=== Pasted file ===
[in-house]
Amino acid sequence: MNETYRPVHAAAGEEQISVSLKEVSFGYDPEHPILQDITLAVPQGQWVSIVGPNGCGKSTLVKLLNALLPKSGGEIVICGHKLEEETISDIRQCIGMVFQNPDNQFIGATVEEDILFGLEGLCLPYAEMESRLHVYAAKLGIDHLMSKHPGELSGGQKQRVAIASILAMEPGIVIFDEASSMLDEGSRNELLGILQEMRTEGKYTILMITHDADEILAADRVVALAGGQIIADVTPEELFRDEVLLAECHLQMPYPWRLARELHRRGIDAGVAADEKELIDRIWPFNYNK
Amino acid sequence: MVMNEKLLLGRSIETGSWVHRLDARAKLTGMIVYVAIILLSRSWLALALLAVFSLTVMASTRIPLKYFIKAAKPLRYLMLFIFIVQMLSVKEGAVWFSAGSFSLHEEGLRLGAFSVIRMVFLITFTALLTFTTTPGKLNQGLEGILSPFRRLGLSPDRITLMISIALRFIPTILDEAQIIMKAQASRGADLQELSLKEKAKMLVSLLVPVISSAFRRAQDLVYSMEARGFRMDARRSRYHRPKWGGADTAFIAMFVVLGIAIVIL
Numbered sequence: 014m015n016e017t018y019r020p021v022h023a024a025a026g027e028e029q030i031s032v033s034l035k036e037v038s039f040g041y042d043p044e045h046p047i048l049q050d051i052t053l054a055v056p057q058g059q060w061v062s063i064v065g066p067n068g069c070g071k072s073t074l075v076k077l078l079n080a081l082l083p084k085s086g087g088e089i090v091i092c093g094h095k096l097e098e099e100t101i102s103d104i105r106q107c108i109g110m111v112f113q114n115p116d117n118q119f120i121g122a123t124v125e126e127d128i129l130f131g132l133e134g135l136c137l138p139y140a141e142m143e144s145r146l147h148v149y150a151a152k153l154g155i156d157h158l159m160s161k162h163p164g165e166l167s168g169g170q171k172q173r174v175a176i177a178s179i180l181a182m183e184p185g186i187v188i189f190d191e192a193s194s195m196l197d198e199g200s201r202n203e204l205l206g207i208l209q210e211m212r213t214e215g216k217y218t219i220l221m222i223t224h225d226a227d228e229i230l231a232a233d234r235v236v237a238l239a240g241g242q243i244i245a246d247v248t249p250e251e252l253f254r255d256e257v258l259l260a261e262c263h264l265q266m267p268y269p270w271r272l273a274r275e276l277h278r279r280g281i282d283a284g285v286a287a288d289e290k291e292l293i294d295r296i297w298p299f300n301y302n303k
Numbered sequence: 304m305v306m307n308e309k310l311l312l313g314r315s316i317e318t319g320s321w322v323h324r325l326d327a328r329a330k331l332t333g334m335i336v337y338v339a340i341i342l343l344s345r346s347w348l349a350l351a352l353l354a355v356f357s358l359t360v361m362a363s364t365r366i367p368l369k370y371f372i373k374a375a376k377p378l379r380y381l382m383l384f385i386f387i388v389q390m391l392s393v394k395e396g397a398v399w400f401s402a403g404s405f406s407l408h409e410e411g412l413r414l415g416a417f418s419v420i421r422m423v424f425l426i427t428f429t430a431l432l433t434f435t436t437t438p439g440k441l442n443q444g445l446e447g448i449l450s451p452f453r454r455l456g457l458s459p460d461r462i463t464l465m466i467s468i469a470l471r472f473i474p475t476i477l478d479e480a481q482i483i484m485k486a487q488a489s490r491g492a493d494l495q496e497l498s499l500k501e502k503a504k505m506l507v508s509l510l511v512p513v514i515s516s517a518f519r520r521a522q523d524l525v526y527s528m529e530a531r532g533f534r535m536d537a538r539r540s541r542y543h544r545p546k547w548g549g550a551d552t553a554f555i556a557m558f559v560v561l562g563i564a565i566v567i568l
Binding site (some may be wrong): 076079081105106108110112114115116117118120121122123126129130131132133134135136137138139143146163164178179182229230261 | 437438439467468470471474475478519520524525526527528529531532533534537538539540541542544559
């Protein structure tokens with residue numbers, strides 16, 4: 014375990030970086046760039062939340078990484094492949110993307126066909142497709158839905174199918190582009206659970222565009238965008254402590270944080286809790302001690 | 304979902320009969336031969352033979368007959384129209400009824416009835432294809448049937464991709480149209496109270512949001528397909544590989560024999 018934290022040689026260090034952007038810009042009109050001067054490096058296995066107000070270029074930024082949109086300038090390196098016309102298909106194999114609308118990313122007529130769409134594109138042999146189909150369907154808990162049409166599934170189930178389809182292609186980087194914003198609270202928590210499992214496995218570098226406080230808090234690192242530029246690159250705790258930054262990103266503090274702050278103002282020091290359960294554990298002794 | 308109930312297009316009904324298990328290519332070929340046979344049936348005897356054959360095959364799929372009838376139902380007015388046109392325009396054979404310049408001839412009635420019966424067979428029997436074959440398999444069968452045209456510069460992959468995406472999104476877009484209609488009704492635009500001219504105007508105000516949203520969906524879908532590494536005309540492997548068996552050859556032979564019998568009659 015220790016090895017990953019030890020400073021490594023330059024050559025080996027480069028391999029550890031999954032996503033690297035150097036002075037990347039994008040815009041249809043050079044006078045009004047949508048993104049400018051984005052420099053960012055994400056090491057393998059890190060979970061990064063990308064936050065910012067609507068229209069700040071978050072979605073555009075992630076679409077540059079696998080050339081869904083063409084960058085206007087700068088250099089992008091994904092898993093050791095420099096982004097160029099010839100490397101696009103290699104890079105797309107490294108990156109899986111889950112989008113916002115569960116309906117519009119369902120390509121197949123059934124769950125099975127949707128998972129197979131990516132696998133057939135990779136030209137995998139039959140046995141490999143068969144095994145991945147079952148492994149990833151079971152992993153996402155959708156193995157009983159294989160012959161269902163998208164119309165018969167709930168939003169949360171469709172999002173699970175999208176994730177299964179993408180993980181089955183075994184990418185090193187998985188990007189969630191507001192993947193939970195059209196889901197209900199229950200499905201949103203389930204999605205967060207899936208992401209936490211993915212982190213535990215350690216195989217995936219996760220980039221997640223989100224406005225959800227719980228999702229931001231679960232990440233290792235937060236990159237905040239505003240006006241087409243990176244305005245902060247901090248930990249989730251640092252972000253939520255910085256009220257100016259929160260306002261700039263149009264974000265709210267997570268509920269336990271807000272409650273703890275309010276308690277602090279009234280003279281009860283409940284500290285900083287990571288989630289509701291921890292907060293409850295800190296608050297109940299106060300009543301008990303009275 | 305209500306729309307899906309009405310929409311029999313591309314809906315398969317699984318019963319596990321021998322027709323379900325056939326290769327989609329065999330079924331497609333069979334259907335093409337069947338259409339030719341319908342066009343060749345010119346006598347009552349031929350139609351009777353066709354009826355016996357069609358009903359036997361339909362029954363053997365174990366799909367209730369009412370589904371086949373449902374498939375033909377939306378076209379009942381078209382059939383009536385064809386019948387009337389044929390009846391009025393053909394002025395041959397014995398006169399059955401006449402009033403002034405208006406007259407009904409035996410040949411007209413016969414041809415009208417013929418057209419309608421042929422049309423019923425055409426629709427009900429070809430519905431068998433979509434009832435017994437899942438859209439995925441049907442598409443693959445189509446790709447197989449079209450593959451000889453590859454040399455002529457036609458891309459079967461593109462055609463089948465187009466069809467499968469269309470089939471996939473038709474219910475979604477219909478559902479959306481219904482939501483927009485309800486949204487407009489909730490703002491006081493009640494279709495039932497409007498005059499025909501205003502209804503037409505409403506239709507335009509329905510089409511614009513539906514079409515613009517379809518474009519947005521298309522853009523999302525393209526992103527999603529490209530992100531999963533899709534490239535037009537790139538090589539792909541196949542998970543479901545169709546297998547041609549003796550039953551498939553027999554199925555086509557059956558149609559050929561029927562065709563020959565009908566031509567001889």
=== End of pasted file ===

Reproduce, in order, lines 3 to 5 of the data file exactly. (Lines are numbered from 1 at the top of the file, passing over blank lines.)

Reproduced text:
Amino acid sequence: MVMNEKLLLGRSIETGSWVHRLDARAKLTGMIVYVAIILLSRSWLALALLAVFSLTVMASTRIPLKYFIKAAKPLRYLMLFIFIVQMLSVKEGAVWFSAGSFSLHEEGLRLGAFSVIRMVFLITFTALLTFTTTPGKLNQGLEGILSPFRRLGLSPDRITLMISIALRFIPTILDEAQIIMKAQASRGADLQELSLKEKAKMLVSLLVPVISSAFRRAQDLVYSMEARGFRMDARRSRYHRPKWGGADTAFIAMFVVLGIAIVIL
Numbered sequence: 014m015n016e017t018y019r020p021v022h023a024a025a026g027e028e029q030i031s032v033s034l035k036e037v038s039f040g041y042d043p044e045h046p047i048l049q050d051i052t053l054a055v056p057q058g059q060w061v062s063i064v065g066p067n068g069c070g071k072s073t074l075v076k077l078l079n080a081l082l083p084k085s086g087g088e089i090v091i092c093g094h095k096l097e098e099e100t101i102s103d104i105r106q107c108i109g110m111v112f113q114n115p116d117n118q119f120i121g122a123t124v125e126e127d128i129l130f131g132l133e134g135l136c137l138p139y140a141e142m143e144s145r146l147h148v149y150a151a152k153l154g155i156d157h158l159m160s161k162h163p164g165e166l167s168g169g170q171k172q173r174v175a176i177a178s179i180l181a182m183e184p185g186i187v188i189f190d191e192a193s194s195m196l197d198e199g200s201r202n203e204l205l206g207i208l209q210e211m212r213t214e215g216k217y218t219i220l221m222i223t224h225d226a227d228e229i230l231a232a233d234r235v236v237a238l239a240g241g242q243i244i245a246d247v248t249p250e251e252l253f254r255d256e257v258l259l260a261e262c263h264l265q266m267p268y269p270w271r272l273a274r275e276l277h278r279r280g281i282d283a284g285v286a287a288d289e290k291e292l293i294d295r296i297w298p299f300n301y302n303k
Numbered sequence: 304m305v306m307n308e309k310l311l312l313g314r315s316i317e318t319g320s321w322v323h324r325l326d327a328r329a330k331l332t333g334m335i336v337y338v339a340i341i342l343l344s345r346s347w348l349a350l351a352l353l354a355v356f357s358l359t360v361m362a363s364t365r366i367p368l369k370y371f372i373k374a375a376k377p378l379r380y381l382m383l384f385i386f387i388v389q390m391l392s393v394k395e396g397a398v399w400f401s402a403g404s405f406s407l408h409e410e411g412l413r414l415g416a417f418s419v420i421r422m423v424f425l426i427t428f429t430a431l432l433t434f435t436t437t438p439g440k441l442n443q444g445l446e447g448i449l450s451p452f453r454r455l456g457l458s459p460d461r462i463t464l465m466i467s468i469a470l471r472f473i474p475t476i477l478d479e480a481q482i483i484m485k486a487q488a489s490r491g492a493d494l495q496e497l498s499l500k501e502k503a504k505m506l507v508s509l510l511v512p513v514i515s516s517a518f519r520r521a522q523d524l525v526y527s528m529e530a531r532g533f534r535m536d537a538r539r540s541r542y543h544r545p546k547w548g549g550a551d552t553a554f555i556a557m558f559v560v561l562g563i564a565i566v567i568l